On idols families and estates

Mez McConnell has written this on people considering Gospel ministry on estates – or as they are called in Scotland “schemes.” There’s some helpful truth about the cost of discipleship and mission in Mez’s article. I hope he won’t mind though if I just push back a little on a couple of points.

First of all, Mez quotes Jesus from Luke 9:55-62 and argues from there that we have to remember that Christ is always more important than our families, including our children. His advice:

Deal with it. Or walk away.

Mez McConnell, 20 Schemes

I wonder though how helpful that is. To be sure, a bit of bluntness is needed at times and the point that Christ is more important is so obviously true in practice but not always something we get in practice. I suspect that the bluntness is really reserved here for those who um and ah about the work but never move beyond that.

When it comes to concern for our families in general, whilst there can be idolatry (ask my friend the youth worker about what happens to his Bible study group when it’s 11 plus and GCSE time), there are also plenty of people struggling with the various challenges of family life, worrying about their kids growing up in the Lord and at times hanging on with a thread that I wouldn’t want them to hear “deal with it” and I’m sure Mez wouldn’t either.

And there is a point here. I’m not sure that the specific text is as helpful to the situation as suggested. Perhaps that’s why we could have done with the exegesis.  There are two reasons for this. The first is that Jesus’ challenge here is not to people considering a specific mission calling but the general call to follow him. Yes Christ comes first, not our family. However, the choice here is not between Christ and an idol but between one way of serving Christ and making disciples and another way.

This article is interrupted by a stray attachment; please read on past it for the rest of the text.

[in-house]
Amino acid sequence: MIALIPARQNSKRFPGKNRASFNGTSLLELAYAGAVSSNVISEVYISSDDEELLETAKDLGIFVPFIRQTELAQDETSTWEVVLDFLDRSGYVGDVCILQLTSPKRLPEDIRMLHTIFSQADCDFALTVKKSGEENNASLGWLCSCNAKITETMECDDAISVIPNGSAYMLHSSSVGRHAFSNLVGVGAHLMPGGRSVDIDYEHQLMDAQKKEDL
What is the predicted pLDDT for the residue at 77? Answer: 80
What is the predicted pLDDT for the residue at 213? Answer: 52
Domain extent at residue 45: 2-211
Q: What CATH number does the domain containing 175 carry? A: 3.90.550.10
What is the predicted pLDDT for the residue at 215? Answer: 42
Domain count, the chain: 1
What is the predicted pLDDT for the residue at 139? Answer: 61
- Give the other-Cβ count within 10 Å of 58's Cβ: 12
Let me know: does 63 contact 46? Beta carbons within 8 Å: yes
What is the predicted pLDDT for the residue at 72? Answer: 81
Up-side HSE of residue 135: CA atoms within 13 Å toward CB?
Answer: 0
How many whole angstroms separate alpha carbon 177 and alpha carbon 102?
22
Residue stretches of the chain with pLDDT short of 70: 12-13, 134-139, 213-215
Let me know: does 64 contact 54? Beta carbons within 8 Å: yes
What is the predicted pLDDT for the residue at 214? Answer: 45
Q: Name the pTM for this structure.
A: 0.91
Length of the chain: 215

You see, there is the point. We are positively called to serve Christ by making disciples and part of that call to make disciples includes our children. It’s why, before we look at someone as a potential elder that we ask how they are doing with their family. It is spiritually good that parents consider the long term well-being of their children. And, yes, that might well mean that a prior commitment to one aspect of good and wholesome Gospel work precludes us from committing to another. That is okay. Indeed, whilst Mez uses the example of missionaries going abroad and burying their children, that may well not have been the right call for them. In the early church we see people forced by God to scatter, they have no choice to move with the Gospel but then we also have people who serve by being sent on mission and this includes ensuring that provision is made for Peter’s family circumstances but it also includes Paul recognising that his status as a single man gave him opportunities not available to married family men. Indeed, I’m not sure that we do see examples of early church missionaries having to make decisions about what to do with the kids.